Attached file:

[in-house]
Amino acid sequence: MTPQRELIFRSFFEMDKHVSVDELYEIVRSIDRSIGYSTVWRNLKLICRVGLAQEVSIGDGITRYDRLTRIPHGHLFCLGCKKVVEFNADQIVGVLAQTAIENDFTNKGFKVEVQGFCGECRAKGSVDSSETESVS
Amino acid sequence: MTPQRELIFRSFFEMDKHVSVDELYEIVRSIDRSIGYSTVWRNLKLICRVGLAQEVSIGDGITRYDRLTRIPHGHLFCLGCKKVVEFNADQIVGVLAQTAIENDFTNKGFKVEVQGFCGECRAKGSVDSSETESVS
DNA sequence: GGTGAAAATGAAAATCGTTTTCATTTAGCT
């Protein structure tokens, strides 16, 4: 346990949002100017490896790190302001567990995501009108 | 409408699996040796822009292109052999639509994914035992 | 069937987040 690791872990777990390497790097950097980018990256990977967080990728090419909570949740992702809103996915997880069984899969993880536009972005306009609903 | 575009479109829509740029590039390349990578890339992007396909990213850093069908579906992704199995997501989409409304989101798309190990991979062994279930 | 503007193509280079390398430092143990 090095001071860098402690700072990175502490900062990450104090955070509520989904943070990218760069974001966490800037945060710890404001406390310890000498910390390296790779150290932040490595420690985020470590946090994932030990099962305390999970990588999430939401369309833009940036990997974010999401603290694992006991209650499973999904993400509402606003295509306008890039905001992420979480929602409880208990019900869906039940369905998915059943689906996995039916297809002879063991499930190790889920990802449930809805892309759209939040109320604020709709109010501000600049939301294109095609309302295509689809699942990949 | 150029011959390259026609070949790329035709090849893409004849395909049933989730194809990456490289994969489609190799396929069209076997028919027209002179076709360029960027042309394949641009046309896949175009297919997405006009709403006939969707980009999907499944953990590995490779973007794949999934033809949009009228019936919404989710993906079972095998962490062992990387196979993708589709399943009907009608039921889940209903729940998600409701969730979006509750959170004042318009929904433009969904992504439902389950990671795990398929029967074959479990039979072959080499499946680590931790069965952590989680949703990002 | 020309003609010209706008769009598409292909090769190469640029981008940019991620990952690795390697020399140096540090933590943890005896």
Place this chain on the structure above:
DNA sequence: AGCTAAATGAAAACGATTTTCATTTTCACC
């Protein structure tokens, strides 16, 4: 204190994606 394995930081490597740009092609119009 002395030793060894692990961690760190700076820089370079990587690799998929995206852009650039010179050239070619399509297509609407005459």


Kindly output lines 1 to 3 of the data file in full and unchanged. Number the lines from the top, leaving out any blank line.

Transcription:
[in-house]
Amino acid sequence: MTPQRELIFRSFFEMDKHVSVDELYEIVRSIDRSIGYSTVWRNLKLICRVGLAQEVSIGDGITRYDRLTRIPHGHLFCLGCKKVVEFNADQIVGVLAQTAIENDFTNKGFKVEVQGFCGECRAKGSVDSSETESVS
Amino acid sequence: MTPQRELIFRSFFEMDKHVSVDELYEIVRSIDRSIGYSTVWRNLKLICRVGLAQEVSIGDGITRYDRLTRIPHGHLFCLGCKKVVEFNADQIVGVLAQTAIENDFTNKGFKVEVQGFCGECRAKGSVDSSETESVS